Want to Keep Learning Scratch?
Do you think you’ll want to keep learning more about the Scratch coding program and have more detailed lessons like this? Grab the Computer Coding in Scratch: 12 Lessons bundle and save money! Or you can also purchase lessons individually. You’ve already got Lesson 1 because it’s FREE!
Less Advanced Users?
I also have lessons geared more towards 3rd-6th graders. This curriculum can stand on its own, or you could have students start with the 3rd-6th lessons and then move on to the 7th-10th set.
The 3rd-6th lessons really isolate concepts and build them slowly; the 7th-10th lessons are more complex with students learning more than one concept at a time. The first lesson in the 7th-10th curriculum on Movement might feel a bit repetitive to students who already completed the 3rd-6th lessons, but it touches on a few things not covered in the other curriculum. (And guess what, that lesson is free!) There are a few programs that are similar in the two curriculums, but the 7th-10th version of them has more complexity. Mostly, the programs are different. They also cover some topics that are not in the 3rd-6th lessons, such as music, drawing, cloning, moving backgrounds, and video sensing.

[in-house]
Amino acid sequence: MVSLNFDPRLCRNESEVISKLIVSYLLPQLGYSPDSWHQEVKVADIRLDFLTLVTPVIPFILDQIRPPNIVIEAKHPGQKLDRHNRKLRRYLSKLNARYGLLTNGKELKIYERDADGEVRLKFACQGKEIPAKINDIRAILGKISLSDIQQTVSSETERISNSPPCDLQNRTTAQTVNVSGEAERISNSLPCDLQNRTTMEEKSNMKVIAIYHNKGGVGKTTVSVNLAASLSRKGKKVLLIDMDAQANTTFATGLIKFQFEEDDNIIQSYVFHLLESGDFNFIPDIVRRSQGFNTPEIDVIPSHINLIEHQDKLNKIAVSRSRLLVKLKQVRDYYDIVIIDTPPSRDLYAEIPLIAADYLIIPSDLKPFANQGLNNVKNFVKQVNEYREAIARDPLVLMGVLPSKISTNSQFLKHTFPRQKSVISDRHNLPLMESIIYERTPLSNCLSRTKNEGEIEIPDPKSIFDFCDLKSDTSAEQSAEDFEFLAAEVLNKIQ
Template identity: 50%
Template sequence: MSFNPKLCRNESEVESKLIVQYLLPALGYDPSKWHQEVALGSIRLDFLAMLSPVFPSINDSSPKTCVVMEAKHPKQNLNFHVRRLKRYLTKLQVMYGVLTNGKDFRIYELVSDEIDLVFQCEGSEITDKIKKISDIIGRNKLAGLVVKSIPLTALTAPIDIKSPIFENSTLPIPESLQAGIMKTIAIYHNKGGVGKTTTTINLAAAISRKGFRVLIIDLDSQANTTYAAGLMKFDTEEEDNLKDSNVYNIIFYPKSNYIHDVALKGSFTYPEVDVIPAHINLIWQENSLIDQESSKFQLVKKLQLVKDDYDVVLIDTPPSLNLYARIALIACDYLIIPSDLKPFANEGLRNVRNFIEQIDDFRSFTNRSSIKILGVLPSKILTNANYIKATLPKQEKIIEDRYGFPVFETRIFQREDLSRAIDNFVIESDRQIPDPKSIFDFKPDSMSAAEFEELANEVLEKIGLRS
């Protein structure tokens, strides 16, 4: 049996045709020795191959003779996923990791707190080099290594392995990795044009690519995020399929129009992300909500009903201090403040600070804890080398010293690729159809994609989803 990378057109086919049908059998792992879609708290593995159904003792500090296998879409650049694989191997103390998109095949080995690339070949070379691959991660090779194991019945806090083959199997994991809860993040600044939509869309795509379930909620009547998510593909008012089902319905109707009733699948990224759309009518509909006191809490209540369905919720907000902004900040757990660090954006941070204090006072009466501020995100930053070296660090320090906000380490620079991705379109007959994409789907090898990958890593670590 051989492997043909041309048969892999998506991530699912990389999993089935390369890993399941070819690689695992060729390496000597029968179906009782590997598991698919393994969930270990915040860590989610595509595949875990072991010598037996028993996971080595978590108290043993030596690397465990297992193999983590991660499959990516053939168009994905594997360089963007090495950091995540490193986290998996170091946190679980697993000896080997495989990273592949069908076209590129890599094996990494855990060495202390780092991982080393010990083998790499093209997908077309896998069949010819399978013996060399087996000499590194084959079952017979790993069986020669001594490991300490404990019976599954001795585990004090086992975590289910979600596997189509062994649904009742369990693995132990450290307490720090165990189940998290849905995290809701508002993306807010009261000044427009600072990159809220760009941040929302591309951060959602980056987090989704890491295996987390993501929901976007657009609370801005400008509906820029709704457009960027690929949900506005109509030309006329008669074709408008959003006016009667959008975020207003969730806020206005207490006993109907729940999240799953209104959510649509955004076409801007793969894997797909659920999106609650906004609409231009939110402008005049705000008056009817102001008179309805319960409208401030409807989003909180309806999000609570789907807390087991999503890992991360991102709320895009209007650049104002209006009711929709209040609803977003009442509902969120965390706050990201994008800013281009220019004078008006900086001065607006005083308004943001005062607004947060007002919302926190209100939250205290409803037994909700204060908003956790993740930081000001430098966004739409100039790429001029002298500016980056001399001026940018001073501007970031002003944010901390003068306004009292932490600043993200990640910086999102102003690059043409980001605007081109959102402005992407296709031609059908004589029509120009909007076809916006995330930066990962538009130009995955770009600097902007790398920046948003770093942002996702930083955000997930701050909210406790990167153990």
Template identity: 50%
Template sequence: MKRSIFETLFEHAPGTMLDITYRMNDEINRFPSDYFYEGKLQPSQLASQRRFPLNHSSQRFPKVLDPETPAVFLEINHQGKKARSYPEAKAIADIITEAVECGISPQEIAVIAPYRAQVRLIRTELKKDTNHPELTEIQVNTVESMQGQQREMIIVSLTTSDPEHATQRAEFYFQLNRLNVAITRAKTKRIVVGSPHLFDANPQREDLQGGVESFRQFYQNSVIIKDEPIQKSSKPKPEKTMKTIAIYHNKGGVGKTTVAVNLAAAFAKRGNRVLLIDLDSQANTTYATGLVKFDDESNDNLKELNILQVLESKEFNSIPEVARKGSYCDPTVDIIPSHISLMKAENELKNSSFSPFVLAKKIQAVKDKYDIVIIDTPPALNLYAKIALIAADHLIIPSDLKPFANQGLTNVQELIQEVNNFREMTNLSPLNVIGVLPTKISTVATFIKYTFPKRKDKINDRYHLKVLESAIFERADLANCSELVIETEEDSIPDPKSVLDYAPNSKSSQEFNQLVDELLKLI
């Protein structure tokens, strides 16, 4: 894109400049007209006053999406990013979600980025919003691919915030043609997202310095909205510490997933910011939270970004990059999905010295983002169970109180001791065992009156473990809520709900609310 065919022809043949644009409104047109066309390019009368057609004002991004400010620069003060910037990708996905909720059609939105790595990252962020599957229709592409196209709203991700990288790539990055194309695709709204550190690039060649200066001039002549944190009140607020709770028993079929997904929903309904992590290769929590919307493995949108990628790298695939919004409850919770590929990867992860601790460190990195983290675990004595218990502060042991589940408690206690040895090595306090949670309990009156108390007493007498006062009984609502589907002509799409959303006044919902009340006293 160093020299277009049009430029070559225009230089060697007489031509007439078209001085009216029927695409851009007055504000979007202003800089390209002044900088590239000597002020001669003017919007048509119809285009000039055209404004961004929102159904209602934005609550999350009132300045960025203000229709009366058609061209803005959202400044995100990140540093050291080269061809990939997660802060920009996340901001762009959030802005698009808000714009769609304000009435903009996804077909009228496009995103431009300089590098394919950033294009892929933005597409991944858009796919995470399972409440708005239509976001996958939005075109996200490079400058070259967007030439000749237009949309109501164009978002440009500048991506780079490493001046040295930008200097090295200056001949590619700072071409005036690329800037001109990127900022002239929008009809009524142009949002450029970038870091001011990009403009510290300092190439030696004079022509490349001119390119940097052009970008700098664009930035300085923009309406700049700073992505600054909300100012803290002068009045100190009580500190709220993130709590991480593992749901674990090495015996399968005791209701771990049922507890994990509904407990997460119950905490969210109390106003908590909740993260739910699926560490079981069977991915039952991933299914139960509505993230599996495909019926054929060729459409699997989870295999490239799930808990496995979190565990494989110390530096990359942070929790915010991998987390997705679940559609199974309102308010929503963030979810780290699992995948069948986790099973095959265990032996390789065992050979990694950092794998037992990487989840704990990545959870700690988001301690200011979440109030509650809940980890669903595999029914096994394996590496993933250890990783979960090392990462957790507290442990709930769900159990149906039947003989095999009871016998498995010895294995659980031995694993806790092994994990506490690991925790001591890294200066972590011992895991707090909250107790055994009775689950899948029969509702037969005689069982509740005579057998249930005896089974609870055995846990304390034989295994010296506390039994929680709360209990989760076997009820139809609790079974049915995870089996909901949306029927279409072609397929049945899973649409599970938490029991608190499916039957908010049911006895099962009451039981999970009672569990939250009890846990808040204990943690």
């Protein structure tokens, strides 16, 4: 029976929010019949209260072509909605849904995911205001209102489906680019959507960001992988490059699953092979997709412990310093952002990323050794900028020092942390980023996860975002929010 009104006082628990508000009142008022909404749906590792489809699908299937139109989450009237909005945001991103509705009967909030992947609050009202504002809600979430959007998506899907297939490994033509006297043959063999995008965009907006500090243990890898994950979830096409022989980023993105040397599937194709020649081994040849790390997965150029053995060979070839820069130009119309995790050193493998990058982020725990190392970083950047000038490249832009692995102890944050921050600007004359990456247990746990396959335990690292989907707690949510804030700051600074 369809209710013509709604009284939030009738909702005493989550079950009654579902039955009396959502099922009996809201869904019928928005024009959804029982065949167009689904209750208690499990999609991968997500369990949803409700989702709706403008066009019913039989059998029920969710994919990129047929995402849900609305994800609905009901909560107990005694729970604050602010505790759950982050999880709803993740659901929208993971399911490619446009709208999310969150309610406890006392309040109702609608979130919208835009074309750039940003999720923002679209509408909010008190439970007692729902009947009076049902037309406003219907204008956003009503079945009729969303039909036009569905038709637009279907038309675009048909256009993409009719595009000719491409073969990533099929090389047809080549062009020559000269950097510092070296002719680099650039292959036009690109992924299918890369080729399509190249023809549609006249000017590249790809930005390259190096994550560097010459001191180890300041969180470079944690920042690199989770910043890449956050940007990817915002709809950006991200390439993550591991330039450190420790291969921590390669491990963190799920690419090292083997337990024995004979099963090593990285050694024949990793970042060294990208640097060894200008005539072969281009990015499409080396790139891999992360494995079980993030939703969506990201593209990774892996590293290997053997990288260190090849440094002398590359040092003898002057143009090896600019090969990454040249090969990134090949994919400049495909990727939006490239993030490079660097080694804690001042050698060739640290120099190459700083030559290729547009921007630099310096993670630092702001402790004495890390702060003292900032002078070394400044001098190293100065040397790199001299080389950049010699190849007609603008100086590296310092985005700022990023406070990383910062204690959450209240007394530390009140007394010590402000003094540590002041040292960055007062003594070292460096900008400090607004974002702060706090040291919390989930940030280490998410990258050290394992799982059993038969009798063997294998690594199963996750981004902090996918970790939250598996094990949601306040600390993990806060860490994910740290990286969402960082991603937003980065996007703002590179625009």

Need it All?
Prefer a Book?
My PowerPoints are designed for direct instruction from a classroom teacher, but perhaps you have a youngster at home who would like to learn how to program? My book is a great choice for independent study!
Check Out My TpT Store!
Did you enjoy this project? Check out my TpT store: Miss B’s Shop . I create a variety of resources such as more Scratch Coding lessons, Technology & Digital Design lessons, Literary Analysis lessons, Novel Studies, and more!
Have Fun with Scratch!
I hope you enjoyed this free lesson about coding for kids. Please don’t hesitate to reach out with any questions! I always love to hear that students are enjoying my free online resources using Scratch Coding! Happy programming!